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Q Does ICD-10 classification of mild, moderate, and severe depression predict risk of relapse and suicide in people hospitalised with their first depressive episode?
All psychiatric hospitals in Denmark; enrolment January 1994 to December 1999.
The national Danish Psychiatric Register records all psychiatric admissions for the Danish population (5.3 million people). During the enrolment period, 7199 people were diagnosed with a single mild, moderate, or severe depressive episode according to ICD-10 criteria (mild, 1103 people; moderate, 3182 people; severe, 2914 people). Temporary discharge and readmission within 3 days was counted as a single depressive episode.
Mild, moderate, or severe depressive episodes (ICD-10 criteria).
Risk of relapse; risk of death.
Follow up period:
From 1 day to 6 years.
ICD-10 criteria predicted that people with severe depression were more likely to relapse or commit suicide than people with milder depression (median time to relapse: 6.1 years with mild depression; 5.5 years with moderate depression; 3.2 years with severe depression; risk of suicide: 0.5% with mild depression; 1.0% with moderate depression; 2.0% with severe depression; see table⇓).
ICD-10 categorisation of mild, moderate, and severe depression predicts the risk of relapse and suicide in people diagnosed by their first depressive episode.
Diagnoses were not validated, and as data relate to people hospitalised for depression, they may not be generalisable to the general population.
This is a further example of what can be achieved with national databases such as those which researchers in Denmark have had access to for a number of years. By using the ICD-10 categorisation of the severity of depression of mild, moderate, and severe, which was introduced to Denmark in 1994, Kessing has extended the work of Hoyer et al,1 also from Denmark, who examined patients admitted to hospital with affective disorders between 1973 and 1993. Kessing has demonstrated elegantly what clinicians have believed: that the risk of relapse of depression and the risk of suicide increase with increasing degrees of depression. It was also apparent that those with more severe depression were more likely to attract a subsequent diagnosis of bipolar disorder or schizophrenia.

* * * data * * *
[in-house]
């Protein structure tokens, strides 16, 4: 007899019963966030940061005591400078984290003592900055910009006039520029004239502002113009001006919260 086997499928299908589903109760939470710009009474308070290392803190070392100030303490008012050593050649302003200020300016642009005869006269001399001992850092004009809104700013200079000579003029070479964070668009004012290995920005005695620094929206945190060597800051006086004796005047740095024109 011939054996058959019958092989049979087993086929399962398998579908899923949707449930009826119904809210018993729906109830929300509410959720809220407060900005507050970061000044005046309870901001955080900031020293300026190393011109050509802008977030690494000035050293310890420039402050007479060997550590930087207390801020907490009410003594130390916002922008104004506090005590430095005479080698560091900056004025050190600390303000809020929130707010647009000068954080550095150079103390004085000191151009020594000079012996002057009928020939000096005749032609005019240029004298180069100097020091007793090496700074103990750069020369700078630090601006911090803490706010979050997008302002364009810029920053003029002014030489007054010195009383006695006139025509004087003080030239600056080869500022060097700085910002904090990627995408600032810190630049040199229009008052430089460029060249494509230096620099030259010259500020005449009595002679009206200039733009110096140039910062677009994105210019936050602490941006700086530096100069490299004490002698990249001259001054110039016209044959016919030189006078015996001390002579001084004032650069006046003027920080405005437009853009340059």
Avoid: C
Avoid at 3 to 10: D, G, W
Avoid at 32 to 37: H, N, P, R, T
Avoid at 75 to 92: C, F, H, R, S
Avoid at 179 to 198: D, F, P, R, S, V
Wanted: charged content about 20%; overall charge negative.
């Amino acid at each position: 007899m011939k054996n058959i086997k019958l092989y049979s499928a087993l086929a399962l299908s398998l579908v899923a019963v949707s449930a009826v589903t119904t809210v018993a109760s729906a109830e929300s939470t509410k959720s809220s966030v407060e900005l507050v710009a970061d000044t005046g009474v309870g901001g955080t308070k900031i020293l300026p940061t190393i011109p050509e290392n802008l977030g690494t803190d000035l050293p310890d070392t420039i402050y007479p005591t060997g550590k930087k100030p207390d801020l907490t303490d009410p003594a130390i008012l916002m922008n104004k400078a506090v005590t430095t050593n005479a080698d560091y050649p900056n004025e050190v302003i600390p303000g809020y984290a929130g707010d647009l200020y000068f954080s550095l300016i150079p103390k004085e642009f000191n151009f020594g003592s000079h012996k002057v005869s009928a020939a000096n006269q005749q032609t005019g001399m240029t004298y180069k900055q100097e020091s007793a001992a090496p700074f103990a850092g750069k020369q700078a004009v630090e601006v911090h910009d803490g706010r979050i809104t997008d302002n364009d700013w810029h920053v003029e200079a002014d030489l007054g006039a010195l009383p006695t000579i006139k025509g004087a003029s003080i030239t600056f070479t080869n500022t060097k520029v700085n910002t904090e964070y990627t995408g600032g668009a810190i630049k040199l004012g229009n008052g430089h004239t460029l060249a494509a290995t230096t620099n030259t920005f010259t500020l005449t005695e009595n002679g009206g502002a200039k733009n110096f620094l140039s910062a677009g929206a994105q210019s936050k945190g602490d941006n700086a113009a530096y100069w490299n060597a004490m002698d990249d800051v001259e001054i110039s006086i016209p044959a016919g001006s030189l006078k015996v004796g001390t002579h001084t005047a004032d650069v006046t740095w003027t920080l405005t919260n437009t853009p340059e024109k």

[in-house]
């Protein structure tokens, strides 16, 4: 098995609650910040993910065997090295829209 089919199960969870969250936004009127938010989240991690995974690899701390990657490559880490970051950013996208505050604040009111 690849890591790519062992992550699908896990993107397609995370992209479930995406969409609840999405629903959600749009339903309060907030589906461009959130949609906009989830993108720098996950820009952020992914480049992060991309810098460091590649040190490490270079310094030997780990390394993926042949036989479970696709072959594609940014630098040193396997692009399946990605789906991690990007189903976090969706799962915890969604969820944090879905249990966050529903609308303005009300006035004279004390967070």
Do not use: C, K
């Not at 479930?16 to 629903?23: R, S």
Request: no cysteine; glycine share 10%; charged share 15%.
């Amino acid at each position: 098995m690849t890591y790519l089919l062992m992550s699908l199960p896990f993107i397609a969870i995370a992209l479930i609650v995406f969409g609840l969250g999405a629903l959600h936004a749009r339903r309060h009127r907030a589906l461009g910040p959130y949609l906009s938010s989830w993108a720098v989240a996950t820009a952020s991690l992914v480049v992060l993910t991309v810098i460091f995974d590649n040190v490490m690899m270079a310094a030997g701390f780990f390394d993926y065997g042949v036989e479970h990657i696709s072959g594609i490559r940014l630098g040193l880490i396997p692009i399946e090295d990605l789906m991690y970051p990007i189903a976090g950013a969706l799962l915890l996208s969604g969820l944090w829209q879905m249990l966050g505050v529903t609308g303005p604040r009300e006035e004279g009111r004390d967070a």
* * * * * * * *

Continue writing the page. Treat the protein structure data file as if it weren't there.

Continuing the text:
This research is limited by the fact that these subjects would have had a significant degree of depression to be admitted, and it is probably fair to state that admission practices may vary not only from country to country, but within countries, and they may have changed considerably in the last decade with the focus on ambulatory care. Treatments are also not documented, and one cannot necessarily extrapolate the results to other countries.
Nevertheless, this research highlights the utility of such national databases, as it shows well the clinical value of a dimensional diagnostic approach to depression. Furthermore, it adds substance to the suggestions of Paykel2 that the severity criteria should remain in the International Classification of Diseases, and that they could profitably be incorporated into revisions of the American Psychiatric Association Diagnostic and Statistical Manual.
From the clinician’s point of view, it is reassuring to have data confirming the need to focus particularly on the severely depressed, while keeping an open mind about the possibility that a bipolar or schizophrenic disorder may be emerging in those patients.
For correspondence: Lars Kessing, Department of Psychiatry, University of Copenhagen, Rigshospitalet, Blegdamsvej, Copenhagen, Denmark;
Sources of funding: the Stanley Medical Research Institute and the Lundbeck Foundation.
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